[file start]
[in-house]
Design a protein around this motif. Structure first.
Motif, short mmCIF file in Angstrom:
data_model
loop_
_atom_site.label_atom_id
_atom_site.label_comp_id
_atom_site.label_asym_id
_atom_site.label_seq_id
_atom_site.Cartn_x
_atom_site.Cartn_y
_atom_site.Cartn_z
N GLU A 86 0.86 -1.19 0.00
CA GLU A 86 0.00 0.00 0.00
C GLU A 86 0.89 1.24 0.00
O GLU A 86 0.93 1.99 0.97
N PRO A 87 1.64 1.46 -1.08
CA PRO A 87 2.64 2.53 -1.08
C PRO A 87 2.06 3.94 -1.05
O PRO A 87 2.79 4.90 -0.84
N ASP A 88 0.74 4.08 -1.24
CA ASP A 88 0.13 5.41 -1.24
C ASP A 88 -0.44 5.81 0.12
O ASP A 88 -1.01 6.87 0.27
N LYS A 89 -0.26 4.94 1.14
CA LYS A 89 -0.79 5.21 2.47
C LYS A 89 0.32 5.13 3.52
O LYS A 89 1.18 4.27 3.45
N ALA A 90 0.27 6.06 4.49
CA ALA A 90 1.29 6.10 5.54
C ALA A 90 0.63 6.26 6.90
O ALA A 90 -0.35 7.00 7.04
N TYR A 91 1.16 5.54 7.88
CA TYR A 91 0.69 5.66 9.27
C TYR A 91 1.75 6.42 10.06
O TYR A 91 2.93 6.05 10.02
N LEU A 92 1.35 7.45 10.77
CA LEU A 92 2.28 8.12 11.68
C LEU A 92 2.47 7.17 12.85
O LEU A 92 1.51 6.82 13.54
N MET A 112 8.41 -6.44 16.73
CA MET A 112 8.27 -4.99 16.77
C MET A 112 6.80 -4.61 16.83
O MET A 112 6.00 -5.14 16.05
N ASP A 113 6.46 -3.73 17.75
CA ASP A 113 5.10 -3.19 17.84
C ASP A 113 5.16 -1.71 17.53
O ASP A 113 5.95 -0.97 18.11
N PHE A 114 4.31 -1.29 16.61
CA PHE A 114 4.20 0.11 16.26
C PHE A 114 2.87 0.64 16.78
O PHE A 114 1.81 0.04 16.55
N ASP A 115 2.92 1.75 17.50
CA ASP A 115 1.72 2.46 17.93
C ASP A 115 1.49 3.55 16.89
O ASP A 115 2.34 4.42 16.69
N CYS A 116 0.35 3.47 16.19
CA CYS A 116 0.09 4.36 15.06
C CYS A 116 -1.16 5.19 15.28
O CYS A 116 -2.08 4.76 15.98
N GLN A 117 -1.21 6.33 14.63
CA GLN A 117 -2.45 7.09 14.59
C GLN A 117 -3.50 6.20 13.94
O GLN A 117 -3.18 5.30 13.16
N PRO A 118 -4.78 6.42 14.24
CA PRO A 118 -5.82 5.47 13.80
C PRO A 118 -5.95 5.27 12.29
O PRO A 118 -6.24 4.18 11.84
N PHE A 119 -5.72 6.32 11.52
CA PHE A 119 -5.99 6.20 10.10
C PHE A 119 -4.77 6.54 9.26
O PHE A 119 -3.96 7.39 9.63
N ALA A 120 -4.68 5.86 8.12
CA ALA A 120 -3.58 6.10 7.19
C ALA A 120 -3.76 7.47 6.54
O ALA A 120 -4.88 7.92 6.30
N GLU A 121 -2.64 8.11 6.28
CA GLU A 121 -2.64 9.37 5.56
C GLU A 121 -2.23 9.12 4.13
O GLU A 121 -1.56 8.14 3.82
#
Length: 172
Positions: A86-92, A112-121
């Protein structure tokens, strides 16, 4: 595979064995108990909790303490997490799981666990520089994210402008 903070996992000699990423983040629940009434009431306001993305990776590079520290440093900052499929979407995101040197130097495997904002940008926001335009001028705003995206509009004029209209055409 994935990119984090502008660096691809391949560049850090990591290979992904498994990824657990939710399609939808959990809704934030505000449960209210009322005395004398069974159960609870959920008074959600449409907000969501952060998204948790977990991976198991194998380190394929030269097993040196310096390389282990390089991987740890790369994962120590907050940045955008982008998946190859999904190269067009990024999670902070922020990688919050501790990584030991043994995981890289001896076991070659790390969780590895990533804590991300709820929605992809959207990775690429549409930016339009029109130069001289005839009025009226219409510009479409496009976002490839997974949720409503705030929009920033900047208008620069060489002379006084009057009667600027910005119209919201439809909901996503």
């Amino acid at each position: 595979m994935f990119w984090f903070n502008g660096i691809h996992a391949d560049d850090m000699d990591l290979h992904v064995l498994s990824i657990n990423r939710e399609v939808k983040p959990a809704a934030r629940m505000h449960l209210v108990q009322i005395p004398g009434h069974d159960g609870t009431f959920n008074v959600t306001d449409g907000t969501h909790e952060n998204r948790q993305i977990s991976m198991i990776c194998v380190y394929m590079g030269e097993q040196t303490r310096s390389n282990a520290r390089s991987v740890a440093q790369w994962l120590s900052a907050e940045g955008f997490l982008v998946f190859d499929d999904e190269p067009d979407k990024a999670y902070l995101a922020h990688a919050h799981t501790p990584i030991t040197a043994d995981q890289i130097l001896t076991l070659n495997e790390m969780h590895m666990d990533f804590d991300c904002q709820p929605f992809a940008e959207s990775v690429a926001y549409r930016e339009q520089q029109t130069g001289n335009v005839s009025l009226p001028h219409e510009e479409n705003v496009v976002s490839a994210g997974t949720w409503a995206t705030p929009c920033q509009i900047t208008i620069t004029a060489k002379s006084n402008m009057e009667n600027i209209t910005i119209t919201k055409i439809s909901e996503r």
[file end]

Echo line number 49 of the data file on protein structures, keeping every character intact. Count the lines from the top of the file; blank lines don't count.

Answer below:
N PHE A 114 4.31 -1.29 16.61